Federal Job Application Tips

Even in these recessionary times, the federal government is still hiring employees precisely because government work never stops for as long as there are people to serve.  However, you will find that Federal employment is very competitive by virtue of the nature of public work.  It pays to stand out from the rest of the applicants in a good way.  These tips should help you achieve the purpose in a fast, easy and convenient manner.
 

First, keep your Federal government resume concise.  Most, if not all, federal hiring managers have little time on their hands to read your lengthy resume no matter how impressive it may be.  You have to keep your relevant achievements, credentials and other professional information in a concise manner - use bullets and headings, arrange from the most to the least important, and use short paragraphs.
 

To determine if your resume is as concise as possible without omitting important information, let one of your colleagues read it in 30 seconds.  If he cannot remember your most important achievements within that time, then your resume is too long - revise it.
 

Second, prove your enthusiasm for the job.  Federal hiring managers want applicants who express an enthusiastic desire to perform the jobs assigned to them with little to no supervision involved.  The best way to mention this desirable trait is to cite specific examples of the situations where you applied resourcefulness, creativity and drive to achieve a specific purpose.
 

Third, check for any and all errors.  Many job applications have been rejected at the first sighting of an error, be it in grammar, personal information and other typos.  This is because your resume and application letter are your introductory tools and, hence, any and all errors contained therein point to your carelessness.  It is not a desirable trait especially in highly sensitive federal jobs.  Edit and re-edit until such time that even your college English professor will find no faults in them.  Only then should you dare pass your resume and application.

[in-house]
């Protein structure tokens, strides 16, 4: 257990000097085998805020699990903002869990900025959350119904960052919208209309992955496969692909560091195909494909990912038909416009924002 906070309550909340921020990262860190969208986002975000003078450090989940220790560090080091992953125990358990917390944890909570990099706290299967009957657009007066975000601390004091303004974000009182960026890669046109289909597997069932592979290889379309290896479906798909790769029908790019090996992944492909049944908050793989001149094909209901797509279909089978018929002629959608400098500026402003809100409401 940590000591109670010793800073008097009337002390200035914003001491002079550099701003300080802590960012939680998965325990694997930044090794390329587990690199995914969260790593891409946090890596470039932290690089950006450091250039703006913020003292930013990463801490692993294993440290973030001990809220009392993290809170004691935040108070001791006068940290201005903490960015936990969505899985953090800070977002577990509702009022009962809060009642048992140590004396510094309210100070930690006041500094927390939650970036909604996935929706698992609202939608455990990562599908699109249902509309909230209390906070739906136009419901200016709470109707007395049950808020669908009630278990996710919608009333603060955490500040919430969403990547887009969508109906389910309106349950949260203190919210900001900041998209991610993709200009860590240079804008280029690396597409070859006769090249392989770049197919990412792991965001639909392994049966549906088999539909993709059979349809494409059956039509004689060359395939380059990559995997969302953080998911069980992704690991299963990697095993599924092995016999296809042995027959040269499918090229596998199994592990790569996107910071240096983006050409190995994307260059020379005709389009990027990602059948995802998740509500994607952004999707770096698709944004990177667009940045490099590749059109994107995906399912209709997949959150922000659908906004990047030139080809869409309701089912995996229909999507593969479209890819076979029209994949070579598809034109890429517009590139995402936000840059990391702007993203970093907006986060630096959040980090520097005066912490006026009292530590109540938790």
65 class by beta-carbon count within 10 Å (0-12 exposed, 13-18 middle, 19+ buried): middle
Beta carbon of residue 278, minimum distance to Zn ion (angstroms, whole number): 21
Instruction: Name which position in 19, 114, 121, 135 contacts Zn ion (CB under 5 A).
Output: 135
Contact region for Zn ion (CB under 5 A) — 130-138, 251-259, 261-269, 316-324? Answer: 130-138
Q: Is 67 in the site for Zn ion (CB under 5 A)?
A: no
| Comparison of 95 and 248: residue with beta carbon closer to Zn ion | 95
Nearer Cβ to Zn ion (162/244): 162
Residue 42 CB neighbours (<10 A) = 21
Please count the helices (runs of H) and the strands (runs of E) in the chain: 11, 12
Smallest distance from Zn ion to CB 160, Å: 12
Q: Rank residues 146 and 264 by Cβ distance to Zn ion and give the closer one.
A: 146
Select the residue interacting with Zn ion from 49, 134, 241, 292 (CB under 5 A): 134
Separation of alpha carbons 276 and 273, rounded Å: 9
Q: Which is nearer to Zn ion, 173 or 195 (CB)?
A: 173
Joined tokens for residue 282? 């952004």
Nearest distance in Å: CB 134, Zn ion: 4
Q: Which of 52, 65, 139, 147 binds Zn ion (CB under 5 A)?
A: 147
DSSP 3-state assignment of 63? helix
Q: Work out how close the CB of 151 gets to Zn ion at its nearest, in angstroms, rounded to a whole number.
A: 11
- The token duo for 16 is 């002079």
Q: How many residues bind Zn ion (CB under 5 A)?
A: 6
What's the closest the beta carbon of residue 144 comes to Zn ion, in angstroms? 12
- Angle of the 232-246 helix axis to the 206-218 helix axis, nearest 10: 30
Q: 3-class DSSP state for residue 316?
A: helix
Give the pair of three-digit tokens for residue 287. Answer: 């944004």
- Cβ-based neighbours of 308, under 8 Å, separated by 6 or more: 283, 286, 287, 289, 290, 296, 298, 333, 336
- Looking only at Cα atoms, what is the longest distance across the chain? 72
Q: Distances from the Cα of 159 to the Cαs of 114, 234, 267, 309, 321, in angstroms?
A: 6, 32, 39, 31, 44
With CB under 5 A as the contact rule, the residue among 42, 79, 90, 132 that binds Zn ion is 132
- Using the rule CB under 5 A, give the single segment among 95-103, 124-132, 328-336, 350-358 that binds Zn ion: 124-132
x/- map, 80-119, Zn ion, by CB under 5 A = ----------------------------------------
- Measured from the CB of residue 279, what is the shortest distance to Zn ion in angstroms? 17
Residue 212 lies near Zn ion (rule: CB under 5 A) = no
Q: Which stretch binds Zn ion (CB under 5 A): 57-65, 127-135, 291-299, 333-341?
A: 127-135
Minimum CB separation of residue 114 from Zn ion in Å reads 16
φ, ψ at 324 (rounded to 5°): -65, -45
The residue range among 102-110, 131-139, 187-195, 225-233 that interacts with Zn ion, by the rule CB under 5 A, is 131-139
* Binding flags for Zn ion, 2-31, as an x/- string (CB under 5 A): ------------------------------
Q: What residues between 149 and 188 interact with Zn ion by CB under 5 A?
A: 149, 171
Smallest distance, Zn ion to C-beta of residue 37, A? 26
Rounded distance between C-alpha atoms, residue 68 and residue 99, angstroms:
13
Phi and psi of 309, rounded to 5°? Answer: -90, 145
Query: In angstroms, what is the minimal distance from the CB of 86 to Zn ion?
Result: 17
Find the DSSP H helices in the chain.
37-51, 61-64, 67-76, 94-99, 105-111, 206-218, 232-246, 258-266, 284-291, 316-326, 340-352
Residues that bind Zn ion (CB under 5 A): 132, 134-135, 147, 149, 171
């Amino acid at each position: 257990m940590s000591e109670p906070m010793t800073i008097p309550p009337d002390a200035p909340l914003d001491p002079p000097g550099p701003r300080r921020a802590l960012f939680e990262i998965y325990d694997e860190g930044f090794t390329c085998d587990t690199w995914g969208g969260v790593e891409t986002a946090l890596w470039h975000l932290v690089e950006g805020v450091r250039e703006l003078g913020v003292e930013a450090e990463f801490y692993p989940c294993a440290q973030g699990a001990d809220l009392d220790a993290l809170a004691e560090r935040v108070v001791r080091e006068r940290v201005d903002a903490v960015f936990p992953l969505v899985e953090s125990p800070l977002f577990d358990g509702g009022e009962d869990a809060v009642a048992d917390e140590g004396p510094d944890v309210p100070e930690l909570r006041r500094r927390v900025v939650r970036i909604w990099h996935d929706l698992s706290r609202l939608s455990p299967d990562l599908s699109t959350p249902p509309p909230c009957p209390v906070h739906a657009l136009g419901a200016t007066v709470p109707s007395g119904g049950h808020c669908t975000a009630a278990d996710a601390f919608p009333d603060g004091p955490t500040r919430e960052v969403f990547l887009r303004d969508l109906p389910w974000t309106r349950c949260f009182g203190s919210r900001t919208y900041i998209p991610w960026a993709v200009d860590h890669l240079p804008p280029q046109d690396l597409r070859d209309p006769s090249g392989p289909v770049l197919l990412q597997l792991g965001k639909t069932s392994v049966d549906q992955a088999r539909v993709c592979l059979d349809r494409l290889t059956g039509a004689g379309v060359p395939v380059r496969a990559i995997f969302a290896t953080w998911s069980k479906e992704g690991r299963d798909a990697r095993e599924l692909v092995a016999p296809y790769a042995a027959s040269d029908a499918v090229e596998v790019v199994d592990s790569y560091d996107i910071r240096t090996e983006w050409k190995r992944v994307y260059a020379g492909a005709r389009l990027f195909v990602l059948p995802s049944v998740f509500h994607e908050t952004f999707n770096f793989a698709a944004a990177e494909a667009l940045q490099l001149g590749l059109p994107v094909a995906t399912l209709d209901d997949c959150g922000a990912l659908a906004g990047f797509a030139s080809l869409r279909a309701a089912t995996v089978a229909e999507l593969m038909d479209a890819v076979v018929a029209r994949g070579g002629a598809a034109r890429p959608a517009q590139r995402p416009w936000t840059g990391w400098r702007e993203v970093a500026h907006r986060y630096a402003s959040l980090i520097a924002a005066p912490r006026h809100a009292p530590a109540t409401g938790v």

Fourth, answer every written question, if possible.  In most federal exams, failure to answer one single applicable question can lead to outright rejection of your application.  Even if you have no right answer to an essay question, just write the most sensible thing that comes to mind or just place "not applicable" in the appropriate boxes. 
 

Fifth and most important, know everything there is to know about the agency.  This is similar to doing your research on the private corporation you are submitting your application.  You will have no excuse not to gather information considering that virtually all government agencies have their own websites, not to mention the offline sources of news.
 

This way, you can answer the questions posed by the interviewers about your knowledge of the agency and the job.  Ask present employees, if you have to, but make sure that it is done discreetly.
 

During the interview, you should apply all the things that you learned to impress interviewers.  These include coming in your business attire, looking at the interviewers in the eye, answering questions in a direct and thoughtful manner and then saying your brief thanks when the interview is finished.
 

Federal jobs are coveted positions nowadays.  It pays to be ready from the submission of application documents to the interviews and then the completion of papers for hiring purposes.

 

Gail Esparan